Essentially all wood is going to expand and contract. And the bigger the "solid" piece is the more that effect will be seen. So we need a way to solidly attach the top and leave some method of movement. As you can see in the picture I used tiny 90 degree metal brackets. The trick is the hole in the horizontal leg (the one screwed to the top) is elongated. This way the board can "move" laterally. Also only one screw on each hole so it can twist a bit if needed. This was the best I could find at the local big box store. I used #6 1/2" screws and pre-drilled the holes in the top especially (the last thing we need is for something to split after you spent a week finishing something). Just be careful not to drill all the way through the top.
There are a couple of other options. Google "figure 8 desktop fasteners" which allow each area to pivot with movement. You just need a forstner bit to cut out the hole in the apron top to accept the fastener flush with the top. And there are also table top fasteners that are Z shaped and require a dado to be cut in the apron. Google it.
Step 11: Finally Lets Put It to Use
Obviously wine can be stored on the top shelf. But really anything you don't want to fall off would work on that shelf as long as it is big enough not to fall through between the slats. Or you could add another slat or change the end slats to 1x4s, which would tighten up the spacing. I wanted close to an inch of space between the slats to provide the bottles with a nesting spot.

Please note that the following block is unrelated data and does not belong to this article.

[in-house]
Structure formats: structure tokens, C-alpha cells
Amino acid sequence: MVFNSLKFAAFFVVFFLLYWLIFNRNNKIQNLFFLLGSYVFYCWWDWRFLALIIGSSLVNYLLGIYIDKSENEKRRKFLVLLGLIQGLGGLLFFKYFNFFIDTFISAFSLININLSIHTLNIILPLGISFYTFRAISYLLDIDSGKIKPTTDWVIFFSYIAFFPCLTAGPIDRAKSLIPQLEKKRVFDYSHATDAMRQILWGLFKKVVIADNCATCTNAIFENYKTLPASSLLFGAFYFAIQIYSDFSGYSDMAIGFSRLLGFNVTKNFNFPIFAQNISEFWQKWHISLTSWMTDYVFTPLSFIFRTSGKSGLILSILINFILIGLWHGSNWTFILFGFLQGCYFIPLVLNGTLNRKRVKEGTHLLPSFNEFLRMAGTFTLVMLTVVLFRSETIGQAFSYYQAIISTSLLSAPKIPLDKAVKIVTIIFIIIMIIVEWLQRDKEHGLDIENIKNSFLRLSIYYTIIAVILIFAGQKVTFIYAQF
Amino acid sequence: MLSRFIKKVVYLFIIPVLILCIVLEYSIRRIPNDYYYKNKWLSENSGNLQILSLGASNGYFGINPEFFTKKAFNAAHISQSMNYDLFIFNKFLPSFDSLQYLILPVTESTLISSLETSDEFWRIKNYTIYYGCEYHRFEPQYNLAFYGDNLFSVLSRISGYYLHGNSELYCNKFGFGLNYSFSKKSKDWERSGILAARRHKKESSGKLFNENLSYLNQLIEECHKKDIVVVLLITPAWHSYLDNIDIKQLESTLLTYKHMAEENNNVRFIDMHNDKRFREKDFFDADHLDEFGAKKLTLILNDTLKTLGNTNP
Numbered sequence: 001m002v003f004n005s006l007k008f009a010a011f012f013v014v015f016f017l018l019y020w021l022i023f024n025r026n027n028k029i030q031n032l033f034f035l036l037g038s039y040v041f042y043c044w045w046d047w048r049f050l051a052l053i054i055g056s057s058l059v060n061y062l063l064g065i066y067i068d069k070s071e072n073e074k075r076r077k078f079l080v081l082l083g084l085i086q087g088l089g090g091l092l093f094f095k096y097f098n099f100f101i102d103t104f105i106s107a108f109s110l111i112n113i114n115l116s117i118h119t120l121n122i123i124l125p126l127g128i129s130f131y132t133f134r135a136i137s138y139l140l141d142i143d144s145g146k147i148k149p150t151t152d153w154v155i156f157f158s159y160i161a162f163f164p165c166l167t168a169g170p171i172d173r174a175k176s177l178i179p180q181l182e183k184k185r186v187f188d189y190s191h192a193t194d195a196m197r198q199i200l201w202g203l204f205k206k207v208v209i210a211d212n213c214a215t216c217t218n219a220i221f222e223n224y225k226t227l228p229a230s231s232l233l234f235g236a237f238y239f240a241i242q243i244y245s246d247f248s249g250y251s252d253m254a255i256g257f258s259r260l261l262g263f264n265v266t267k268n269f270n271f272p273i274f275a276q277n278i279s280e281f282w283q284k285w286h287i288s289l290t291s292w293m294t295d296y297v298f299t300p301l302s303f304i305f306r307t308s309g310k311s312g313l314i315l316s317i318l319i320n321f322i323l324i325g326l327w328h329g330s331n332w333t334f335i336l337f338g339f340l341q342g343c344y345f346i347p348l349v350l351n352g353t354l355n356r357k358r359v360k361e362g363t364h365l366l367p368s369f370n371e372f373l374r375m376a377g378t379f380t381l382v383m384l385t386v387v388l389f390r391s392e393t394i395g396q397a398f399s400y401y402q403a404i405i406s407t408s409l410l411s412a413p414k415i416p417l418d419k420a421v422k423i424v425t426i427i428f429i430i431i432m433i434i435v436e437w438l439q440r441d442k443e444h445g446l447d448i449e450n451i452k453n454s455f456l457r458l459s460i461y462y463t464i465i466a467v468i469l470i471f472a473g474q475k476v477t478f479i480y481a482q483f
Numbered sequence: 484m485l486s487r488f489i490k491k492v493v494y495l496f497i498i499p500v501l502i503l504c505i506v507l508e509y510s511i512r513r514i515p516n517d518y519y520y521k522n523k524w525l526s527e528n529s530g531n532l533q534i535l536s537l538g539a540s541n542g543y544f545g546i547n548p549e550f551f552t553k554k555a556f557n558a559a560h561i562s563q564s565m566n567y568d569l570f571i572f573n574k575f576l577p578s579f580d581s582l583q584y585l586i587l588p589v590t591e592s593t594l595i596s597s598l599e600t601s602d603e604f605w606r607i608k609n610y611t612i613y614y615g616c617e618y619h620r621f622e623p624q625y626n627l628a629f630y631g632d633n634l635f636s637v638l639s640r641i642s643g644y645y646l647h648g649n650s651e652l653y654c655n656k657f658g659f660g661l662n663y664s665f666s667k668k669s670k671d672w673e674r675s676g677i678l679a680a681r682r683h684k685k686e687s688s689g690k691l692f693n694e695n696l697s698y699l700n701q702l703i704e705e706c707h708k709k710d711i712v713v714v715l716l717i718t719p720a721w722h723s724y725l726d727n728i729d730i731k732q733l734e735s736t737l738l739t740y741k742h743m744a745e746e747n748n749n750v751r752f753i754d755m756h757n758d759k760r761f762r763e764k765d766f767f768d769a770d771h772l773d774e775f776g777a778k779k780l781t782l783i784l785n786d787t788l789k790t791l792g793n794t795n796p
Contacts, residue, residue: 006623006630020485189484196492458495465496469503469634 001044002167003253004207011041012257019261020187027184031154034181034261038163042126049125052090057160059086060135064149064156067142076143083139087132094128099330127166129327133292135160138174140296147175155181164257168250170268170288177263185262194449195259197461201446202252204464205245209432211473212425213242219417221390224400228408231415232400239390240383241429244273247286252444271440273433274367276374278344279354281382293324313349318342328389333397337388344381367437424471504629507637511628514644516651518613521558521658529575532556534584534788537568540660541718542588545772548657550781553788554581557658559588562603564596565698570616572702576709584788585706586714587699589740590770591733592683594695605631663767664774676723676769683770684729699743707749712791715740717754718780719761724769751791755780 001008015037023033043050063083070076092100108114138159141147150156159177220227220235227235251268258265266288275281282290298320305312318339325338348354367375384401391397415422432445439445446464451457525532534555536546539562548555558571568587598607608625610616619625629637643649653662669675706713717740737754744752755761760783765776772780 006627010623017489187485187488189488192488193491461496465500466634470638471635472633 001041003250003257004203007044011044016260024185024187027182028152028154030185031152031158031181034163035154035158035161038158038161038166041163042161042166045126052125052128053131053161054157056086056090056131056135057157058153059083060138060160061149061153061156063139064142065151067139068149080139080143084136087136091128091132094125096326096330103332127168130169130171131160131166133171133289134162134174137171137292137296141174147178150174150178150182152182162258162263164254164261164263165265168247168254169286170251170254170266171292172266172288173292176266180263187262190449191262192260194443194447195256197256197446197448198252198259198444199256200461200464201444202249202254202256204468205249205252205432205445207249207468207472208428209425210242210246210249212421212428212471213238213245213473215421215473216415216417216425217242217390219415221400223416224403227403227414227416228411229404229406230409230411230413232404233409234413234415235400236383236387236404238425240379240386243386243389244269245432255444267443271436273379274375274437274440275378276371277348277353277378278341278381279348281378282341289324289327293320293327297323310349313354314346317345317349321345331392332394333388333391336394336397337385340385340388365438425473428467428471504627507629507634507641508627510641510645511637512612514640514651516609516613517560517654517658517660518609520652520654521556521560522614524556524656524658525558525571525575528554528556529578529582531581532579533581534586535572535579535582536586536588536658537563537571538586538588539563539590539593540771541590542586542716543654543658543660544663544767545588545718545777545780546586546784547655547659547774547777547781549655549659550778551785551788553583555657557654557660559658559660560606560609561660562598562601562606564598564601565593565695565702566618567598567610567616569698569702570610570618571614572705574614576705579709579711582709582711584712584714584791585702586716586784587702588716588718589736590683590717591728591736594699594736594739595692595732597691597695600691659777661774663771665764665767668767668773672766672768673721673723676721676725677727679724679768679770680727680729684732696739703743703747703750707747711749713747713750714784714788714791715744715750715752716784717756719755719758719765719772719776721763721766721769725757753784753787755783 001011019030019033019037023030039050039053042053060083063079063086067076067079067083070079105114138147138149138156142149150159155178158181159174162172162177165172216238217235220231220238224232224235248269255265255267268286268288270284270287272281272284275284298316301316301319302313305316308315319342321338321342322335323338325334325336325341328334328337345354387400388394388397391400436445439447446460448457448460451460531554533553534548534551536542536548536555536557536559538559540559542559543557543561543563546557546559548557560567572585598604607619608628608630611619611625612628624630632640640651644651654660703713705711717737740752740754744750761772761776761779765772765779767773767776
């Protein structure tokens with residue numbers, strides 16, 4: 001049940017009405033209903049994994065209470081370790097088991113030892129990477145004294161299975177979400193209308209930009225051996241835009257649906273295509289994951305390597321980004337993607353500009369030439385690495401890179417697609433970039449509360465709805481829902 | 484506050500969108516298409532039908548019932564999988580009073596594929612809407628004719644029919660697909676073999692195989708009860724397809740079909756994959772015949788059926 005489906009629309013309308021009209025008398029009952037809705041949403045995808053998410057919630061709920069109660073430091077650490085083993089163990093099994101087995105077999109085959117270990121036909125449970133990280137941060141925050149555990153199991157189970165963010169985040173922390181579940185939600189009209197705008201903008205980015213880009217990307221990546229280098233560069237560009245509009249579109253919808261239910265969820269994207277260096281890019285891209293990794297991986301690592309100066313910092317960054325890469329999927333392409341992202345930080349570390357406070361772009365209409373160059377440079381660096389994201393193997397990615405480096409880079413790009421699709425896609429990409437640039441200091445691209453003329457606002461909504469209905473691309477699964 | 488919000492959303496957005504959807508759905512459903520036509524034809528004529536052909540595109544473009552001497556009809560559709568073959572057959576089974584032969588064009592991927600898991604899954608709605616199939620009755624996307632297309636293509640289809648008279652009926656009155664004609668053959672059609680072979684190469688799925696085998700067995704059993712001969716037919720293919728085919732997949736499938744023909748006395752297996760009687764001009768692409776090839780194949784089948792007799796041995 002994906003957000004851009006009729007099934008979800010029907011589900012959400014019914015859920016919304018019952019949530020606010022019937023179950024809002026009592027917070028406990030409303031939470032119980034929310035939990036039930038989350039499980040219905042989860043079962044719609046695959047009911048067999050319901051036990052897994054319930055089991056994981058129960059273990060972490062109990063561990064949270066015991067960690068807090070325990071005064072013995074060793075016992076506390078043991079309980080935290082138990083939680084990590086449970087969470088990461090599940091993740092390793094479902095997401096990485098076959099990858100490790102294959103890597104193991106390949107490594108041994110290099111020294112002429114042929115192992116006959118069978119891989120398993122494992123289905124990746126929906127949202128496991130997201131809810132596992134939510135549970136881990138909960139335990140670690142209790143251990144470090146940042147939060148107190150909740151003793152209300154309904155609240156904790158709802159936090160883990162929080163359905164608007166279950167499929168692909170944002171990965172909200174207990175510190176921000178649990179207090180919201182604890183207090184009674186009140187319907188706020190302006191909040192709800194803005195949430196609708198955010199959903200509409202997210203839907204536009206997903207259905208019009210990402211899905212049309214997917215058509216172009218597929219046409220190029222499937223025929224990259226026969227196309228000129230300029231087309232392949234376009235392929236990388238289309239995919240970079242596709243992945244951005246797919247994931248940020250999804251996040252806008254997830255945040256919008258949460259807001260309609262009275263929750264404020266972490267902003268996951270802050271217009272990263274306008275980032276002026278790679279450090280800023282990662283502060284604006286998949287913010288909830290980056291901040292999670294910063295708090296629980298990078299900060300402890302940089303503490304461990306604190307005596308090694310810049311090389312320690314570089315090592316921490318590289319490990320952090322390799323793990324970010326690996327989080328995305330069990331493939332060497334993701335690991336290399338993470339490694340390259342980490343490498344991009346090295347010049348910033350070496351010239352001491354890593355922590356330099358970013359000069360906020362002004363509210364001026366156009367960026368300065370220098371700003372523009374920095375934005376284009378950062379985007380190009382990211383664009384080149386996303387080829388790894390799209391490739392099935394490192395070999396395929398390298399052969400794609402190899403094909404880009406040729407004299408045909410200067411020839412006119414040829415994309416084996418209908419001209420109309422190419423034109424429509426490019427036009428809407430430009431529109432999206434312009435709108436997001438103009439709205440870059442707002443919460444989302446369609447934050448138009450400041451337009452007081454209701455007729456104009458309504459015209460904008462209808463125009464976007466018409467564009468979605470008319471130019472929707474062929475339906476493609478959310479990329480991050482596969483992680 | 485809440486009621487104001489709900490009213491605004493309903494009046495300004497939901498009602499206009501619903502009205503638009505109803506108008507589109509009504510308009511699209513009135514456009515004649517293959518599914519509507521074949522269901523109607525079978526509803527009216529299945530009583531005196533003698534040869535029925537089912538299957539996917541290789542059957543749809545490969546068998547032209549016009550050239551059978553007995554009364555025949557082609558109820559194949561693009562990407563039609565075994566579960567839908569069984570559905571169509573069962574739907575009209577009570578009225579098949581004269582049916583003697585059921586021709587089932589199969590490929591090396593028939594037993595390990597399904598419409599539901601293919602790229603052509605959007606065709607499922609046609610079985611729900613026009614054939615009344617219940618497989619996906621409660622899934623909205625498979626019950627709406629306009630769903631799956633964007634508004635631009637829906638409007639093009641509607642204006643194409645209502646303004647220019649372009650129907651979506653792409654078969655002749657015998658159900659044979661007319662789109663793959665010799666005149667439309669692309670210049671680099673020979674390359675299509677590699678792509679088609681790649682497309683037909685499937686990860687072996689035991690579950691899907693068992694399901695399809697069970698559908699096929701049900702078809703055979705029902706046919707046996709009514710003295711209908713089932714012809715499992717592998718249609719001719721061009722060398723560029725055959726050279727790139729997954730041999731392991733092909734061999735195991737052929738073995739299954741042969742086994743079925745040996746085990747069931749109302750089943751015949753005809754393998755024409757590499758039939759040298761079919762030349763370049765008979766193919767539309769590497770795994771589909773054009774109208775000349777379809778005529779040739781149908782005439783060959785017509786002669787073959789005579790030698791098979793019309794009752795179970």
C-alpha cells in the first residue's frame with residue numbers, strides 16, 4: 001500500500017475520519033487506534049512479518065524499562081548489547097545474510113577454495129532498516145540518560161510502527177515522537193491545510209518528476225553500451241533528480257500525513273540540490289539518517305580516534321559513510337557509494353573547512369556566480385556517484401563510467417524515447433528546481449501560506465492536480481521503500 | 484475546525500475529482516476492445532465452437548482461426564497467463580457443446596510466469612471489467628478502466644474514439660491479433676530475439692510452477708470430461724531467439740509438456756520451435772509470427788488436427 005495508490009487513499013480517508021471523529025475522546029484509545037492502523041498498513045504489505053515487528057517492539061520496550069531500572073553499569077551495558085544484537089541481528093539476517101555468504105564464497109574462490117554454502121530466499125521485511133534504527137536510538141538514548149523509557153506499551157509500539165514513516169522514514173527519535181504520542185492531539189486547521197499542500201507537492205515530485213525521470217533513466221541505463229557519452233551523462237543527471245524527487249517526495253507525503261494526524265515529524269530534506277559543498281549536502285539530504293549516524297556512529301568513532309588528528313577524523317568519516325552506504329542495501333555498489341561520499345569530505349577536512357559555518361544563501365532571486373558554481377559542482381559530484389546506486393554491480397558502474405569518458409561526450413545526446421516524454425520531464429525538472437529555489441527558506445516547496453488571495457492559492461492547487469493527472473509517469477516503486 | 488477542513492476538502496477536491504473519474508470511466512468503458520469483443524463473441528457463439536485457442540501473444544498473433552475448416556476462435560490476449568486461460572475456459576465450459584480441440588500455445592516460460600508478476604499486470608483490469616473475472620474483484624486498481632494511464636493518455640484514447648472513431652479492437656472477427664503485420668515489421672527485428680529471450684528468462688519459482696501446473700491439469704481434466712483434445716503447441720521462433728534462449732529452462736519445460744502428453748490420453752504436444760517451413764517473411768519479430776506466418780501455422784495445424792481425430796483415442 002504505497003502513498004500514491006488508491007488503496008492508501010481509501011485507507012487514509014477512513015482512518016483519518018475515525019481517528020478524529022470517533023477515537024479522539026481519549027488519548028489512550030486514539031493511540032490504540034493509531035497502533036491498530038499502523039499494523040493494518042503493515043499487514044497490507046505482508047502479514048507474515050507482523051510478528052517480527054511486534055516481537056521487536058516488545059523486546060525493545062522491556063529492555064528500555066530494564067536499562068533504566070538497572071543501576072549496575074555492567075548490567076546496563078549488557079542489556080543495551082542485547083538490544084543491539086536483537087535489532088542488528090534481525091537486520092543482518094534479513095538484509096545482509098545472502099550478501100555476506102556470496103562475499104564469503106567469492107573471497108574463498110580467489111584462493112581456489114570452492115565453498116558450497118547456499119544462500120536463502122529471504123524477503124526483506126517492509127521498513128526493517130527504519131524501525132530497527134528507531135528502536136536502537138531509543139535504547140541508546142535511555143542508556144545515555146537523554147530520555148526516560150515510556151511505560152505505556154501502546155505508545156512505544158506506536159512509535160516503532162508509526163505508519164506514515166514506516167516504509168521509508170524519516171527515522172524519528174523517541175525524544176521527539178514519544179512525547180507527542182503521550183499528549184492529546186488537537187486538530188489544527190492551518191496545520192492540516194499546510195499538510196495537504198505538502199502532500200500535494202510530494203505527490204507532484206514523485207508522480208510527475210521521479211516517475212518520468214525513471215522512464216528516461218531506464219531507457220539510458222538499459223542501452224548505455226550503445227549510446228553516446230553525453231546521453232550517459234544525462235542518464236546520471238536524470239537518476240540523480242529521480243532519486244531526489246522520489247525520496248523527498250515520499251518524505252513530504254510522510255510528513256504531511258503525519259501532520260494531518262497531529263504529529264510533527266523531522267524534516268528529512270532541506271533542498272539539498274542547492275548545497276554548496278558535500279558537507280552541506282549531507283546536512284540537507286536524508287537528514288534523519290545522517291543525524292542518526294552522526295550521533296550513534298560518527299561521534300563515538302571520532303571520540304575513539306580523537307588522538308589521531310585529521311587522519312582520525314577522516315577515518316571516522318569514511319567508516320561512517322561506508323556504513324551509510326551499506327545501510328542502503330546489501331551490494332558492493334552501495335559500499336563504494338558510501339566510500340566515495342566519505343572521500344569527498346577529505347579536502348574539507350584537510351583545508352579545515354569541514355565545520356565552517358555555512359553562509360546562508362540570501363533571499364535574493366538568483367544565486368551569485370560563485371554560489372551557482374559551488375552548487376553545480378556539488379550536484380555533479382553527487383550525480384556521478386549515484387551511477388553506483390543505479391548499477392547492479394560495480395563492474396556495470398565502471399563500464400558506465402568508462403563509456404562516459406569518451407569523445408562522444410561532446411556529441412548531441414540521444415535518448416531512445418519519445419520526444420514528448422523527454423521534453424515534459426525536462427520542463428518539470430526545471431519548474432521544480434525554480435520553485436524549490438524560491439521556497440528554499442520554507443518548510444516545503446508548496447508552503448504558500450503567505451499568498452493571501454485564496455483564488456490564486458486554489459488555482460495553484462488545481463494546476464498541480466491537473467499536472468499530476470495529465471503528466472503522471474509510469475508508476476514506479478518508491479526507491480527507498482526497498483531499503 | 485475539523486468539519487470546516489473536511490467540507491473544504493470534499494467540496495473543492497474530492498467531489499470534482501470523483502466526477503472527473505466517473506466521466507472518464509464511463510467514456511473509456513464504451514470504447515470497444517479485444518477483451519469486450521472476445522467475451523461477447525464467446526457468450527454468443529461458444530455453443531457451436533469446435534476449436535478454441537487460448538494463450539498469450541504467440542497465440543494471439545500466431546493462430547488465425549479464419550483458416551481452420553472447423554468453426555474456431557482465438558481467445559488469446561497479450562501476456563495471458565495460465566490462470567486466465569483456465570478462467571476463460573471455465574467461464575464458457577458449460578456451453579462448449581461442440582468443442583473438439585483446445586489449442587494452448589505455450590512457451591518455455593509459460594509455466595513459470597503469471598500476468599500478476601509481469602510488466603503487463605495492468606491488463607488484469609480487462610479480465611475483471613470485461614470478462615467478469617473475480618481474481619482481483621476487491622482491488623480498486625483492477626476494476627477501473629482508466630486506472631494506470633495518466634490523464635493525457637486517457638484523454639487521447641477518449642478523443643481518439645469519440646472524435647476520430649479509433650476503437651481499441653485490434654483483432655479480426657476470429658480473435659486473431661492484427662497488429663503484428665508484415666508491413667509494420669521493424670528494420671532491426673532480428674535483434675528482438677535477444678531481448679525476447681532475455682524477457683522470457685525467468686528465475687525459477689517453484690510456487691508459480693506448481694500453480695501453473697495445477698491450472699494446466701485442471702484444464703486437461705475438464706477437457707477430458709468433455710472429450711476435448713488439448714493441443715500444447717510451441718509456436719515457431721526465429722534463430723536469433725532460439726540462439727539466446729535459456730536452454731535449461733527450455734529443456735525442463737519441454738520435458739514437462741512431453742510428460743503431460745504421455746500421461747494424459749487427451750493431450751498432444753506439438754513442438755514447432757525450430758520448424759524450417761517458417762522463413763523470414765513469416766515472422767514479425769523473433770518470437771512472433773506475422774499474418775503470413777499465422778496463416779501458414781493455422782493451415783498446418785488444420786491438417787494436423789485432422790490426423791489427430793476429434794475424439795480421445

We are still debating on the bottom shelf. I think the solution is "accent" baskets of some sort. That way it adds character and you can throw all sorts of stuff into baskets. Be it wire baskets, wire baskets lined in cloth, wicker baskets... who knows but I'm looking.
Final thoughts: I designed this specific design for our kitchen. I'm not sure you could go narrower than a 13" wide base and maintain stability but you could go wider if you have space. If it got much wider you may need a stretcher midway between the top aprons. Don't have room for it to be 4 foot long? Make it 2 feet long. Looking for a rolling kitchen cart? Cut the legs shorter and put lockable casters on the bottom of the legs. This is just an idea guide.... go and make it your own!
Thanks for reading hope it was helpful.
Runner Up in the